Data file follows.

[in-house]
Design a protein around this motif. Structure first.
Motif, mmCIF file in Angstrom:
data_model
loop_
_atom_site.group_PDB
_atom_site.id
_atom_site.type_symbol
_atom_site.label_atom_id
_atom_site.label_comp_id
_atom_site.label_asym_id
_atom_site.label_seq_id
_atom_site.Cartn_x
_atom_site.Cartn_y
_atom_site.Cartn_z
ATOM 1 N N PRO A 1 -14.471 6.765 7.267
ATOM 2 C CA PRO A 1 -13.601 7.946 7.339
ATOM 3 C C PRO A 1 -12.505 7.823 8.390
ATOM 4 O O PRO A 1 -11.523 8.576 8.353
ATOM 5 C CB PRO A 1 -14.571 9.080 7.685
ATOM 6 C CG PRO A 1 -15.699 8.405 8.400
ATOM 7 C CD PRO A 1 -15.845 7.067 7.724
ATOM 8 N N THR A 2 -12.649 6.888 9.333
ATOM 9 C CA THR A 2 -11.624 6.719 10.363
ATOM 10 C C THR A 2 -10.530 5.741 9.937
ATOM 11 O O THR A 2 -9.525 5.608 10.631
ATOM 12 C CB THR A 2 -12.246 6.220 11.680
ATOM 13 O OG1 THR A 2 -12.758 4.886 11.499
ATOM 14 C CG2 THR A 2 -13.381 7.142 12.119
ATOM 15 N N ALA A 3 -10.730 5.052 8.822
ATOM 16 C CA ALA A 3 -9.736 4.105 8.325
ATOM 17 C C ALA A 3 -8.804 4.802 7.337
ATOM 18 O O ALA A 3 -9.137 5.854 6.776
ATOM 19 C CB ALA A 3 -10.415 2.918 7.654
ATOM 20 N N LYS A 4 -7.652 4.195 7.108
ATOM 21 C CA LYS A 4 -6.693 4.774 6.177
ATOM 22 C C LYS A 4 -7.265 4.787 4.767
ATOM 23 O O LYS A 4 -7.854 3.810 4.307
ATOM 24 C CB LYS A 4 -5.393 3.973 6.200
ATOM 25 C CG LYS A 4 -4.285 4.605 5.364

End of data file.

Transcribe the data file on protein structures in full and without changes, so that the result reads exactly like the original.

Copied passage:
[in-house]
Design a protein around this motif. Structure first.
Motif, mmCIF file in Angstrom:
data_model
loop_
_atom_site.group_PDB
_atom_site.id
_atom_site.type_symbol
_atom_site.label_atom_id
_atom_site.label_comp_id
_atom_site.label_asym_id
_atom_site.label_seq_id
_atom_site.Cartn_x
_atom_site.Cartn_y
_atom_site.Cartn_z
ATOM 1 N N PRO A 1 -14.471 6.765 7.267
ATOM 2 C CA PRO A 1 -13.601 7.946 7.339
ATOM 3 C C PRO A 1 -12.505 7.823 8.390
ATOM 4 O O PRO A 1 -11.523 8.576 8.353
ATOM 5 C CB PRO A 1 -14.571 9.080 7.685
ATOM 6 C CG PRO A 1 -15.699 8.405 8.400
ATOM 7 C CD PRO A 1 -15.845 7.067 7.724
ATOM 8 N N THR A 2 -12.649 6.888 9.333
ATOM 9 C CA THR A 2 -11.624 6.719 10.363
ATOM 10 C C THR A 2 -10.530 5.741 9.937
ATOM 11 O O THR A 2 -9.525 5.608 10.631
ATOM 12 C CB THR A 2 -12.246 6.220 11.680
ATOM 13 O OG1 THR A 2 -12.758 4.886 11.499
ATOM 14 C CG2 THR A 2 -13.381 7.142 12.119
ATOM 15 N N ALA A 3 -10.730 5.052 8.822
ATOM 16 C CA ALA A 3 -9.736 4.105 8.325
ATOM 17 C C ALA A 3 -8.804 4.802 7.337
ATOM 18 O O ALA A 3 -9.137 5.854 6.776
ATOM 19 C CB ALA A 3 -10.415 2.918 7.654
ATOM 20 N N LYS A 4 -7.652 4.195 7.108
ATOM 21 C CA LYS A 4 -6.693 4.774 6.177
ATOM 22 C C LYS A 4 -7.265 4.787 4.767
ATOM 23 O O LYS A 4 -7.854 3.810 4.307
ATOM 24 C CB LYS A 4 -5.393 3.973 6.200
ATOM 25 C CG LYS A 4 -4.285 4.605 5.364